If you notice any of the symptoms above in your dog after a sting, don’t wait. Get your dog to the vet immediately for treatment.
How Long Will The Symptoms Last?
When my dog got stung the first time, she wasn’t herself for a good three days. Granted, she was also on a pretty good dose of Benadryl to relieve her allergy symptoms.
The second time she was stung, I was able to remove the stinger immediately using the credit card process, and her reaction was much less severe. In fact, she hardly reacted at all.
Of course, all dogs are different.
Your dog may not feel like himself for a few days after a bee sting.
On average, the symptoms of a bee sting can last anywhere from a few hours to a few days.
If you feel that your dog is still showing signs of pain, lethargy, or mild swelling after about three days, I suggest giving your vet a call.
How To Help Ease Your Dog’s Pain
If you’re out and about and your dog gets stung by a bee, there are things you can do immediately that can make all the difference in the way your dog’s body reacts to the poison from the sting.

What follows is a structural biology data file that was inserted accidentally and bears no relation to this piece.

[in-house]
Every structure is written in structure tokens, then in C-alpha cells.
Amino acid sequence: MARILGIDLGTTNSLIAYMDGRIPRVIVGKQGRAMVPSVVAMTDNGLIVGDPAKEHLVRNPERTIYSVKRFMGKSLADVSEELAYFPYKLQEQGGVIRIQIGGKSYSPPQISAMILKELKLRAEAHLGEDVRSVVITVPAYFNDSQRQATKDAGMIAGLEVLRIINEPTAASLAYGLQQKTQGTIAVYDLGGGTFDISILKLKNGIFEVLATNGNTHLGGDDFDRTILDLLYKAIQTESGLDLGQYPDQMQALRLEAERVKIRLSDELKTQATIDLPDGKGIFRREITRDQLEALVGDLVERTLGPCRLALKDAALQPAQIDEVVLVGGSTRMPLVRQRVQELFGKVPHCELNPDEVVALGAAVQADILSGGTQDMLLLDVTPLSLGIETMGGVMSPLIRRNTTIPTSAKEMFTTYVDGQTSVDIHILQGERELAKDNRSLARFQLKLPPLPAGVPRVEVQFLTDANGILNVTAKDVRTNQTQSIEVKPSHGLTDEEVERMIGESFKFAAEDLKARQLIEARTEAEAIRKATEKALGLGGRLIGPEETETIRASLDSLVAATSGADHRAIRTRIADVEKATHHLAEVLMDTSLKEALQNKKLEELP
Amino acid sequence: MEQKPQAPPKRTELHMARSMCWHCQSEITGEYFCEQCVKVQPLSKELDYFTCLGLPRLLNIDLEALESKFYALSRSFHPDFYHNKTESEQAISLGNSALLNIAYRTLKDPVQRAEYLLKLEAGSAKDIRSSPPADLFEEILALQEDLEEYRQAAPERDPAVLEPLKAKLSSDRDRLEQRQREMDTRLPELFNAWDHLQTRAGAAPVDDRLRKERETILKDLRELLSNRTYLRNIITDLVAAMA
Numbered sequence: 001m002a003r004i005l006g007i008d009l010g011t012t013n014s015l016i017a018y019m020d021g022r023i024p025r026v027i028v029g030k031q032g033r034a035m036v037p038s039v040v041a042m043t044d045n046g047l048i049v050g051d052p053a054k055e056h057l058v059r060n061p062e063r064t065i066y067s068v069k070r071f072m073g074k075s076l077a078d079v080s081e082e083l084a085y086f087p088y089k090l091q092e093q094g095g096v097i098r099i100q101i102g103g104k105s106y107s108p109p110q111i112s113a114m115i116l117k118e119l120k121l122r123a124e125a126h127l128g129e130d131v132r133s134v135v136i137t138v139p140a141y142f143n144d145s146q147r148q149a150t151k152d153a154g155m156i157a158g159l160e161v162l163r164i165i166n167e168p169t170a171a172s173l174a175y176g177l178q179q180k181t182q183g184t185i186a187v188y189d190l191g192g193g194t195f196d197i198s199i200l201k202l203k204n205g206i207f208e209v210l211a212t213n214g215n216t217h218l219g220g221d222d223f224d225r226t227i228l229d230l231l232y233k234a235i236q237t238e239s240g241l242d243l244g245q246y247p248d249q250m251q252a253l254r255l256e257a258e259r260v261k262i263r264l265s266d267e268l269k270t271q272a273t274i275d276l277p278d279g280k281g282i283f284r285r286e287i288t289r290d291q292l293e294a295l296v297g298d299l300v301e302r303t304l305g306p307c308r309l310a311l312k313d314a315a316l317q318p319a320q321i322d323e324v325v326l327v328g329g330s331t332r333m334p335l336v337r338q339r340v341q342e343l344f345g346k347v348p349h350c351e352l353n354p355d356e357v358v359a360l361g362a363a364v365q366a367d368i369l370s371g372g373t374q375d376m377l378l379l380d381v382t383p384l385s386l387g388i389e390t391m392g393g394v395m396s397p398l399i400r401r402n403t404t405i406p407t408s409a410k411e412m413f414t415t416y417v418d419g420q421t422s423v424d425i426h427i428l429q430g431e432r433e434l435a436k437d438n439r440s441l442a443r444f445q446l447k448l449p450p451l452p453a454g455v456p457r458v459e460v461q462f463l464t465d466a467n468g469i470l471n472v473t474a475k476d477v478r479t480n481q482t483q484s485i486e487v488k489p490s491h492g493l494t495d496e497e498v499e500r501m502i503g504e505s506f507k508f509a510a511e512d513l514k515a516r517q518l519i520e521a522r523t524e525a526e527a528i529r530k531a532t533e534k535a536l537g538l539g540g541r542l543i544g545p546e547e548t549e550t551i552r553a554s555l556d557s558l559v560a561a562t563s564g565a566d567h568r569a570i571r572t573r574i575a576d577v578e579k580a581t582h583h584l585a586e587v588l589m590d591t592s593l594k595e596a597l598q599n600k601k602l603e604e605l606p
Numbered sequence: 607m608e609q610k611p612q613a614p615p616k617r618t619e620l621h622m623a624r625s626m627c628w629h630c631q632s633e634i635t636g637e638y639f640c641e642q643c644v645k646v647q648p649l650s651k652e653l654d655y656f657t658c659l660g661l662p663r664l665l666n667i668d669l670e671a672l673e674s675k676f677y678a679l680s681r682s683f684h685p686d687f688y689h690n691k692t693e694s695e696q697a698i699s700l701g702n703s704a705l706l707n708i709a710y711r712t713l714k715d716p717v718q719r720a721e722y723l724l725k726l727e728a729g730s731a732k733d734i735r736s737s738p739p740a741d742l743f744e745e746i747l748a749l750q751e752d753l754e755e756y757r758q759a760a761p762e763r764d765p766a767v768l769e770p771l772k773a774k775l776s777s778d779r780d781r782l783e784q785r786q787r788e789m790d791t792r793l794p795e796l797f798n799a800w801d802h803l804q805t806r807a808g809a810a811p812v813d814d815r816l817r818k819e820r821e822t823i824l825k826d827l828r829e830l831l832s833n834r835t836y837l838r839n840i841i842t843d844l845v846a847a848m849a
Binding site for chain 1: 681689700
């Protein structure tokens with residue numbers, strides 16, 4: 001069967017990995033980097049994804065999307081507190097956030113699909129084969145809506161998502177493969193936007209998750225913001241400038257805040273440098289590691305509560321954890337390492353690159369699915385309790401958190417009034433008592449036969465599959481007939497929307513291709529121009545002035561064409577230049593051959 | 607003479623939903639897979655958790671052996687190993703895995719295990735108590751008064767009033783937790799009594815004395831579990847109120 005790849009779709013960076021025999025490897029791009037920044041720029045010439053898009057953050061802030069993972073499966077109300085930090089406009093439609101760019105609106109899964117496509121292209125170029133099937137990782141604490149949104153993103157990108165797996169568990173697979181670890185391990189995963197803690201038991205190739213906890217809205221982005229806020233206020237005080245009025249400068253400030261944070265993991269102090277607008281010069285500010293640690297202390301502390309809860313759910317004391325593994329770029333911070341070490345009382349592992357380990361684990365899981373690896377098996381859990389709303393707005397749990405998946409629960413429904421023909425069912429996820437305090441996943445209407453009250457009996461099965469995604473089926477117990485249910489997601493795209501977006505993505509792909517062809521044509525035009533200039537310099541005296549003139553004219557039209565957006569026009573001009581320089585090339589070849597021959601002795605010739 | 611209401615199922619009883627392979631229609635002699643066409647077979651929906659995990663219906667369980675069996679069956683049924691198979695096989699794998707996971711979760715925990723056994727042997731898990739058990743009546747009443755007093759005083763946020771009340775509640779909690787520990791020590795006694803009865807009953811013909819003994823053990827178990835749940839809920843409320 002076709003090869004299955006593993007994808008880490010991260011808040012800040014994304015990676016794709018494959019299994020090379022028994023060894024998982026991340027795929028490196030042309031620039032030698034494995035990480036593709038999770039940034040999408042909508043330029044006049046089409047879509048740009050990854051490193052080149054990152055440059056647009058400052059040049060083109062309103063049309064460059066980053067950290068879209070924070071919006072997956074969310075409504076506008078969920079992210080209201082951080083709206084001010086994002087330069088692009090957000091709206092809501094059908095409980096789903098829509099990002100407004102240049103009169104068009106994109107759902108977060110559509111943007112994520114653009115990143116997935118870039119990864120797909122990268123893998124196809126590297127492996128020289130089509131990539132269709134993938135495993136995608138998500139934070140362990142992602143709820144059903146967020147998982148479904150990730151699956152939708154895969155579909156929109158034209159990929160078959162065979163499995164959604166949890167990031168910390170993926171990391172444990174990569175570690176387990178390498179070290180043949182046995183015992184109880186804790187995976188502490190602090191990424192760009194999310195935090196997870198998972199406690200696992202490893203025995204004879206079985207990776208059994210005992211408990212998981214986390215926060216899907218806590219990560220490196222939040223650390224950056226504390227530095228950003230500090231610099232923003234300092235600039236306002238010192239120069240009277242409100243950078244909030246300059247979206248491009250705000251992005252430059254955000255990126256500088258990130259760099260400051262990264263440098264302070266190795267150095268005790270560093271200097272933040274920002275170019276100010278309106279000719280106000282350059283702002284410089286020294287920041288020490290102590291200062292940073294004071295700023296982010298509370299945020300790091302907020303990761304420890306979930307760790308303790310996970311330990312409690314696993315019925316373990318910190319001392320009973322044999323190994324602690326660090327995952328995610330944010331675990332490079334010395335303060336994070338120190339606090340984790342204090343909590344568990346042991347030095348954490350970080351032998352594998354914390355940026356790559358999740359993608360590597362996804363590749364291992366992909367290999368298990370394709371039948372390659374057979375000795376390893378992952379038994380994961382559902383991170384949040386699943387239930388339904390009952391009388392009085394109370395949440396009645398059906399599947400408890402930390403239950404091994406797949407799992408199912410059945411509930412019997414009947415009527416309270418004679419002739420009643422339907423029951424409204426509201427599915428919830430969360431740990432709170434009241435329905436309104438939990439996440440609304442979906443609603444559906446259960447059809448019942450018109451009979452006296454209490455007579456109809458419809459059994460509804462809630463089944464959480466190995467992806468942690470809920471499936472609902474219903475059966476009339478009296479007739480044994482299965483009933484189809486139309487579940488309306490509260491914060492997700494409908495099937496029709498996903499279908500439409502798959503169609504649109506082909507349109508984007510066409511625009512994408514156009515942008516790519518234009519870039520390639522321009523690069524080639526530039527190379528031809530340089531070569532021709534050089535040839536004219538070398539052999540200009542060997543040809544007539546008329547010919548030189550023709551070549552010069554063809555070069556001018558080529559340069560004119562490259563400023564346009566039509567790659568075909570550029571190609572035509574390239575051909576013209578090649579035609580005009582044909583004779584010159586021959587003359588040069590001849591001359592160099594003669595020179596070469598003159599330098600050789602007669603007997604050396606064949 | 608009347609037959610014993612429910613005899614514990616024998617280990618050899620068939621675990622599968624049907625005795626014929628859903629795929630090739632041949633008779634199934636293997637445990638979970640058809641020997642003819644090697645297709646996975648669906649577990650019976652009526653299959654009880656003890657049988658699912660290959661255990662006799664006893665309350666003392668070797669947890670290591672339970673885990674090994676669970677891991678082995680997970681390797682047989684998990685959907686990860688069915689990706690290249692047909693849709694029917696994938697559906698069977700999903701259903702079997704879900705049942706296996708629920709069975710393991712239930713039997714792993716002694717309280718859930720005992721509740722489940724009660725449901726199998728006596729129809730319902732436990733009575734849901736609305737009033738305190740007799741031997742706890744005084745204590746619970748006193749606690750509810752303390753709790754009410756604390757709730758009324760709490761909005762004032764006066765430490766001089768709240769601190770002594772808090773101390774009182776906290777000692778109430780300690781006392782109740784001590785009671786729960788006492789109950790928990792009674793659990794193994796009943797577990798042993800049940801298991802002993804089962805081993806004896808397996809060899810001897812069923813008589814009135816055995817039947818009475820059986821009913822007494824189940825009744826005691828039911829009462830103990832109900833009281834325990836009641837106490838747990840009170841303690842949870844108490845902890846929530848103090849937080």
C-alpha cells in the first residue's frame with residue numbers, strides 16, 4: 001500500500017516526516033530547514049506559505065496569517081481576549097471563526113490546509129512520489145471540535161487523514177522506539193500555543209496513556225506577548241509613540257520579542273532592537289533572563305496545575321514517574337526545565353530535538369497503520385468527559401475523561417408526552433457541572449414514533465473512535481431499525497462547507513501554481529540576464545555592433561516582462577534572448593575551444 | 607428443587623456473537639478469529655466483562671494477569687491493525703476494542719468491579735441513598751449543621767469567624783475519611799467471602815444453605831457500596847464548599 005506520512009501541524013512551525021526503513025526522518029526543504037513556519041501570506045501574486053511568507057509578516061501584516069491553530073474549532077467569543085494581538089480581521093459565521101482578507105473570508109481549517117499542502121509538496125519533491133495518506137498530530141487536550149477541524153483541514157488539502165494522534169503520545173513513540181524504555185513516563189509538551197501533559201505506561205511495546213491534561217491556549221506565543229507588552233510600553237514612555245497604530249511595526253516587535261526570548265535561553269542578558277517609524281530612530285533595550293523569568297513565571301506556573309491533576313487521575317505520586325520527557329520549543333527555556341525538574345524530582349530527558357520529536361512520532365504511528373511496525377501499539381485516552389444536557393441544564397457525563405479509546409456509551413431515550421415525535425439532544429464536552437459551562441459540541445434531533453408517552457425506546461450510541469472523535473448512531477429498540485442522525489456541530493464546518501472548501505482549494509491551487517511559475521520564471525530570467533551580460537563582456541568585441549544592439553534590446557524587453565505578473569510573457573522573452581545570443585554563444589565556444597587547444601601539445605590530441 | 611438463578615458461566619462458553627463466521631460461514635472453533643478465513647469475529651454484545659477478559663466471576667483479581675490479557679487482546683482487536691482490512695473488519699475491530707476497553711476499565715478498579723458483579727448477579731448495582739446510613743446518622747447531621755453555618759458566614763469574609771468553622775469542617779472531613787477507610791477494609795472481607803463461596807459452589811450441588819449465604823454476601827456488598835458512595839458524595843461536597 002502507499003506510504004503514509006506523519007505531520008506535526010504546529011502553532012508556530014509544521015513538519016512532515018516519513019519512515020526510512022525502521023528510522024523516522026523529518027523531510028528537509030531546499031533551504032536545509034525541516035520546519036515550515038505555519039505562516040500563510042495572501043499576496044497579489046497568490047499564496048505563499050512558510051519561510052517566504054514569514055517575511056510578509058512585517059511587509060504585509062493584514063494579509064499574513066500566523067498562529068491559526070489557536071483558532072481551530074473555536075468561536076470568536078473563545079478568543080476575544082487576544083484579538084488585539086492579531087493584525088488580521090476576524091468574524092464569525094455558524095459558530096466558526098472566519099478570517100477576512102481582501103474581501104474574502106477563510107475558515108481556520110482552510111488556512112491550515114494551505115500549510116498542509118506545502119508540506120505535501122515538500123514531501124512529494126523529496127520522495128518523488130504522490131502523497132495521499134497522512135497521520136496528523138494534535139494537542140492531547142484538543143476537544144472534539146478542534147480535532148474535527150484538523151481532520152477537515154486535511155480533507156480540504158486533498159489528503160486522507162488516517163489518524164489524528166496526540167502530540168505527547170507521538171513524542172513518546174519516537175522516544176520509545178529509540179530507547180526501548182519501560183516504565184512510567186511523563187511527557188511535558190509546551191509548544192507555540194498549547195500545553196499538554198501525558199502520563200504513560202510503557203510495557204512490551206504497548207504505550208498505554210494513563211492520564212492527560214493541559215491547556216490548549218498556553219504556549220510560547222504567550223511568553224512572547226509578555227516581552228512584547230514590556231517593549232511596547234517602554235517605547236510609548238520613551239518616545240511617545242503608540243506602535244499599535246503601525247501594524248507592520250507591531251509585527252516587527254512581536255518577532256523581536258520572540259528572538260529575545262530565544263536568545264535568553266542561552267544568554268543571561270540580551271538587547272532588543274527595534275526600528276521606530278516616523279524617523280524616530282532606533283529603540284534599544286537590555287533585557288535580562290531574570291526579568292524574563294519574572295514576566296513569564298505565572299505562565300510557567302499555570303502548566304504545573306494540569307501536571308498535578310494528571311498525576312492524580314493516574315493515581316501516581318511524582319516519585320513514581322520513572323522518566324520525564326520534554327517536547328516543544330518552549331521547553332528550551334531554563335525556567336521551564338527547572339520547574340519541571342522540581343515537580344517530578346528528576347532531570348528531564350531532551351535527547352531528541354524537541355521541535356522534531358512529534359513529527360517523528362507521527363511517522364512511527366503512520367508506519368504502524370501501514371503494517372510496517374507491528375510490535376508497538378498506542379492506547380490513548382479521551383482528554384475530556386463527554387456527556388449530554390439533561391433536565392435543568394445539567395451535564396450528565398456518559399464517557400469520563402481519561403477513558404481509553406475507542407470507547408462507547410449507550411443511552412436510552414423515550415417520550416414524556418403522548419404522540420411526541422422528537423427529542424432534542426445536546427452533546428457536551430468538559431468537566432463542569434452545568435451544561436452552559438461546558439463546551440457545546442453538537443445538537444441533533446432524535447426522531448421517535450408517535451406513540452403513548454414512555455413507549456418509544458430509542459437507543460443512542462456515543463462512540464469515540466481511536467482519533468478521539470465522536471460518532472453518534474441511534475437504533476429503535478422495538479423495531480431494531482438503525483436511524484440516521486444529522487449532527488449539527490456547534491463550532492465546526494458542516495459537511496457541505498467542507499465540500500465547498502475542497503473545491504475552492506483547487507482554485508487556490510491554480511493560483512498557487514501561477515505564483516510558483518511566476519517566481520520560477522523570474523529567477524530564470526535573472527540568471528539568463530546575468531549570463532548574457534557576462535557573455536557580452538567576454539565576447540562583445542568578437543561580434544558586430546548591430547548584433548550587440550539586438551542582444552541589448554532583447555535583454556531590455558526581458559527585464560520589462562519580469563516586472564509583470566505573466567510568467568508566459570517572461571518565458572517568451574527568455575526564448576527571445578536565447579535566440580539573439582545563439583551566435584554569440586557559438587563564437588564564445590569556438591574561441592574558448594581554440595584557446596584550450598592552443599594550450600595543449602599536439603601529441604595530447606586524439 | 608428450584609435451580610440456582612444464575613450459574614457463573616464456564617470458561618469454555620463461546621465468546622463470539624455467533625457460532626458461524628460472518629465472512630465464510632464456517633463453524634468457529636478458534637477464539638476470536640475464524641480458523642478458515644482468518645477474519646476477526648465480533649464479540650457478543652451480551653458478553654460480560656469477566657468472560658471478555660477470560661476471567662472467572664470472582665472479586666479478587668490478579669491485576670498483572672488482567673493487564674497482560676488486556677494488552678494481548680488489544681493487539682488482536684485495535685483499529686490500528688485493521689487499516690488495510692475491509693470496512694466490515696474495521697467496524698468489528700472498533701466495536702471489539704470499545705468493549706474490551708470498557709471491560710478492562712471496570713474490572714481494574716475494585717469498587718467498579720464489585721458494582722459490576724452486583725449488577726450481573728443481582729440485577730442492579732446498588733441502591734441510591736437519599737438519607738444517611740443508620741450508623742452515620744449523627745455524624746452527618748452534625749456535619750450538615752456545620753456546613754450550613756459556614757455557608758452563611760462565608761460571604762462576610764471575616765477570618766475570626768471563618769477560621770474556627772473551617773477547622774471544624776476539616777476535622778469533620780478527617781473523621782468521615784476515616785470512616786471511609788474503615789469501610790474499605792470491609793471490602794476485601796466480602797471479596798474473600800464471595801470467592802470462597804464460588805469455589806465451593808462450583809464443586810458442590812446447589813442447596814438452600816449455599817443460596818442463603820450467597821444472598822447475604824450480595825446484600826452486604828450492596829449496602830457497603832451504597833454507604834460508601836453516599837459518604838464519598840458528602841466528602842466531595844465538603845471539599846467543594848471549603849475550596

Along with immediately removing the stinger with a credit card or something similar, you can also apply a mixture of baking soda and water to the sting to help ease any pain. If there is any ice on hand, you can also apply ice to relieve the swelling.
The video below offers five remedies anyone can use at home to help ease their dog’s pain after a bee sting.
You should also try to keep your dog from licking or chewing at the sting site as the area can easily become infected if not left alone to heal.
If you are having trouble keeping your dog from messing with his wound, you can always invest in a dog recovery collar.